Our reader can carve out his own situations. After a while in any company, you figure out who is reasonable and who is not. You cultivate relationships with the reasonable people and work with them as frequently as possible. If you need to work with unreasonable people, you plan for this and try to make these engagements limited. Incidentally, there are clients who are reasonable too. While they may like the idea of people writing their reports on the weekends, they actually have no desire to meet at 5 p.m. on Friday, or to go out to dinner frequently. They have their own lives. If they’re paying expenses, they may not want to be constantly springing for air fare when they’ve got Skype like everyone else.
Finally, our reader can be level-headed about this. While it might seem unfair that some people are available 24/7 and use that availability as a weapon, the truth is that people use any advantages that are available to them. If you went to the same business school as a bunch of senior people or clients, do you refuse to use that advantage because it wouldn’t be fair to people who didn’t get in? Of course not. People do what they can. In the long run, though, constant availability is less of an advantage than being utterly awesome at what you do. Being able to stay up all night writing a report is less useful than spotting a fatal flaw in the business model on day 2 of the engagement. As Cal Newport might say, you want to be “so good they can’t ignore you.”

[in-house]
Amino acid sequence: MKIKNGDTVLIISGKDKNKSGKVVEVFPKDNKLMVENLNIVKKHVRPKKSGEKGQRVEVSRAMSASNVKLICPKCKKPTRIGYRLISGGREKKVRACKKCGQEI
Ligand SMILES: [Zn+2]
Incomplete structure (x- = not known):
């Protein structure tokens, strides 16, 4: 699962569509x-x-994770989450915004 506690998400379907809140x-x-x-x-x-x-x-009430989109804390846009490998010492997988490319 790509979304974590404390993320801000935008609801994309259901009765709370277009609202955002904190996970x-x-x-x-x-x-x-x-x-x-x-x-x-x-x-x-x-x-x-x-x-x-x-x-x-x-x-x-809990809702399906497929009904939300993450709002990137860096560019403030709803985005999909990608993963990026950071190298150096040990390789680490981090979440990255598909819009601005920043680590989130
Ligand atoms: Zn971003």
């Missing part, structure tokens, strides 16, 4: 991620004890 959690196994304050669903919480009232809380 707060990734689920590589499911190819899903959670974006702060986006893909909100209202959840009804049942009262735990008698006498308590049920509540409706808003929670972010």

What advice do you have for dealing with time warriors in a competitive environment?
18 thoughts on “Battling time warriors: What strategies do you suggest?”
Another factor would be the precedent that this reader has set in terms of his availability. Did he earn his promotions and raises in part because he was also available around the clock? I’m not clear on that part. (I can see that he does not want to be available 24/7, but I’m not sure if he actually is).
So I lean toward “if they want to do that- great! But I’m not going to” sort of approach. But that is made difficult if he earned his spot in the company, in part, by playing by those rules.
@Katherine – good question. I don’t know. Lots of people’s careers likely follow a trajectory where they work longer hours with more availability when they are younger and have fewer claims on their time. Then when they are older, they cash in some of that capital, but also have the expertise/connections not to need to use time quite so much as their primary advantage. I think the trickier thing is when some people don’t follow this trajectory, and other people who are looking to mellow out a bit are faced with how to respond.
It’s a tough one, and I know the feeling.